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Close-up view of Stone Pagoda with Scriptures (Jingmu shita 經目石塔) first tier, Kongque dong 孔雀洞 Anderl, Christoph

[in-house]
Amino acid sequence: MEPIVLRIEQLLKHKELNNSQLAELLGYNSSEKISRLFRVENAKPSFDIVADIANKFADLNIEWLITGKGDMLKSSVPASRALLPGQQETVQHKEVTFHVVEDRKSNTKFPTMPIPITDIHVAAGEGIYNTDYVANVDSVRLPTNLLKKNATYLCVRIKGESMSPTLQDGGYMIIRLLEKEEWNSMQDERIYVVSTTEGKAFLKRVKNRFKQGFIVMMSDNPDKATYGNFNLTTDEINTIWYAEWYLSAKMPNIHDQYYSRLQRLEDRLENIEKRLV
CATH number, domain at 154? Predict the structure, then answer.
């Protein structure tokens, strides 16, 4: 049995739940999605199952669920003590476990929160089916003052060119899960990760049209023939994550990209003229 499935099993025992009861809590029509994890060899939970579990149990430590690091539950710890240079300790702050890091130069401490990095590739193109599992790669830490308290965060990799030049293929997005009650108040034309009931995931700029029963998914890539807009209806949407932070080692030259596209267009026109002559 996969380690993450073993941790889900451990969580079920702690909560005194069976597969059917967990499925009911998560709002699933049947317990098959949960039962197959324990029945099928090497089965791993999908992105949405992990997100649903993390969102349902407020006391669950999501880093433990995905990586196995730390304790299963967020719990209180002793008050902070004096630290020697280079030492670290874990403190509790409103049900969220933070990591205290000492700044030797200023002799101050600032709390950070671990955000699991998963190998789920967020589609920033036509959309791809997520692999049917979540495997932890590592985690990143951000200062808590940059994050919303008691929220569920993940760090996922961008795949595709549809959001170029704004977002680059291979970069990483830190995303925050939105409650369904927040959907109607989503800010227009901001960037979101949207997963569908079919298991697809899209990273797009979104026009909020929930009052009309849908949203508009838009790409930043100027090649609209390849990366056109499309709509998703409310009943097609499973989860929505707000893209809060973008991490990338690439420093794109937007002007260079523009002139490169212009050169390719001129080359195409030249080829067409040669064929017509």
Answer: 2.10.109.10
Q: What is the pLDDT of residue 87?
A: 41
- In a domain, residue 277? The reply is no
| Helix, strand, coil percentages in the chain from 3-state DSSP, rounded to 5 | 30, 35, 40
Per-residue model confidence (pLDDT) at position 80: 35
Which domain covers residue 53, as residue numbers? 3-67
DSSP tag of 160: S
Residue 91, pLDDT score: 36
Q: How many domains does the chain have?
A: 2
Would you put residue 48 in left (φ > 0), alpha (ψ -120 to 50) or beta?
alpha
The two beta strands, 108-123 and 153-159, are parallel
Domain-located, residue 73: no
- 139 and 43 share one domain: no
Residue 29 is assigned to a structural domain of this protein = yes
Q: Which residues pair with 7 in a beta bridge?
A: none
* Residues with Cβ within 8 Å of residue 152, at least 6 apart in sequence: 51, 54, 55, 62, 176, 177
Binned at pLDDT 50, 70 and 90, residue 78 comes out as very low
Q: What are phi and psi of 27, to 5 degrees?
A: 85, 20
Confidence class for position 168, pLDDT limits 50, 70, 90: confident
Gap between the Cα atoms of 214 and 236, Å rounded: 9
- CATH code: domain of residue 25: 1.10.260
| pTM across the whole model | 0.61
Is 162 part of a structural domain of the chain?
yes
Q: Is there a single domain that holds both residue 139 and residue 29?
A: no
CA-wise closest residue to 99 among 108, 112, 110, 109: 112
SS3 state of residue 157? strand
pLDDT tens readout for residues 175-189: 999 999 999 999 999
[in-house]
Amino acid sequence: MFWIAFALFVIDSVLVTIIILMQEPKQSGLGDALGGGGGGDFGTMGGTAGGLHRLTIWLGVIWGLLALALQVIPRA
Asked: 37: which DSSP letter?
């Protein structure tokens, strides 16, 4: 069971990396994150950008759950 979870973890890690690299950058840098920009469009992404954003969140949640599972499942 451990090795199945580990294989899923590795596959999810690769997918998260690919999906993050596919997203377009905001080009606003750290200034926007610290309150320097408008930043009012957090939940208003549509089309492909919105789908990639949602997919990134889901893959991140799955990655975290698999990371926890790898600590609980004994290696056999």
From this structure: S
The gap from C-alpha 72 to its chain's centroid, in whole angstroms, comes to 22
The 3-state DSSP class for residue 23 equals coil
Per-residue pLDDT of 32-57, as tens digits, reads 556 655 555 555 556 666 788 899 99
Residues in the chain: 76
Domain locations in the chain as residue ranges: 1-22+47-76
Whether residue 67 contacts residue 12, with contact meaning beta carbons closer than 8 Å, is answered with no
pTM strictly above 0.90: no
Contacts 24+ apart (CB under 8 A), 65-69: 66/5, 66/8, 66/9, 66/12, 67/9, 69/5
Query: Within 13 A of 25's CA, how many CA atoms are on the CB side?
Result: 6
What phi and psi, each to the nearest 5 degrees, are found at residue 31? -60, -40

The Stone Pagoda with Scripture Titles (Ch. Jingmu shita 經目石塔) located in Kongque dong 孔雀洞, Anyue xian 安岳縣, Sichuan sheng 四川省 dates to the Song dynasty (960-1279). The first tier of the pagoda displays inscriptions of four major scriptures, namely the Huayan Jing 華嚴經 (Skt. Avataṃsaka sūtra), Baoji Jing 寶積經 (Skt. Mahāratnakūṭa sūtra), Bore Jing 般若經 (Skt. Prajñāpāramitā sūtra), Niepang Jing 涅槃經 (Skt. Mahāparinirvāṇa sūtra). They are carved in the most prominent positions of the pillars. The Prajñāpāramitā section, Mahāratnakūṭa section, and the Mahāsaṃnipāta section were inscribed on the remaining pillars on the first tier. The characters are evenly-sized and well-proportioned, many displaying an angularity that seems to be intentionally aesthetic. For example, four titles are shown in image [12]: 1) Daji yuezangjing 大集月藏經, a section of the Daji jing 大集經 (Mahāsaṃnipata-sūtra) translated by Narêndrayaśas (Ch. Naliantiyeshe 那連提耶舍). 2) Dayun jing 大云經 (Mahāmegha-sūtra) translated by Dharmakṣema (Ch. Tan Wuchen 曇無讖) during the Northern Liang dynasty 北涼 (414–421 CE). 3) Daji rizangjing 大集日藏經, a section of the Daji jing 大集經 (Mahāsaṃnipata-sūtra). 4) Ru lengqie jing 入楞伽經 (Laṅkâvatāra-sūtra), a text that held enormous influence among many schools in all regions of East Asia, including such disparate traditions as East Asian Yogâcāra (Ch. Faxiang 法相) where it was considered to be one of the six orthodox scriptures 六經, and Chan, where it is associated with some of the early founders of the Chinese tradition. Another example are the three sutra titles carved in image [15]: 1) Faguang da zhuangyan jing 方廣大莊嚴經 (Skt. Lalitavistara) and the Baiyu jing 百喻[經]. The first one stands as a biographical account of the life of the Buddha based upon a Mahāyāna 大乘 perspective covering the period from the Buddha's birth in Tuṣita heaven until his first sermon. The second one can be rendered as ""The Sutra of the 100 Parables"", transalted in Chinese by Guṇavṛddhi in 492. 2) Mahāparinirvāṇa-sūtra (Ch. Daban nihuan jing 大般泥洹[經]). This sutra was translated in Chinese between the 416-418 CE by Faxian 法顯. 3) Yiqie zhide deng jing 一切智德等經 and the Chuyao jing 出曜經 (Skt. Dharmapāda). This latter was translated by Zhu Fonian 竺佛念 in the 374. The text is closely related in content to the Dhammapada (Ch. Faju jing 法句經) but the prose explanation is Mahayanistic in character. Metadata created by: Veerle Vantomme, Violetta Maes, Junxi Sun, Changmeng Wan, Chiung-Ju Huang, and Sinae Kim.

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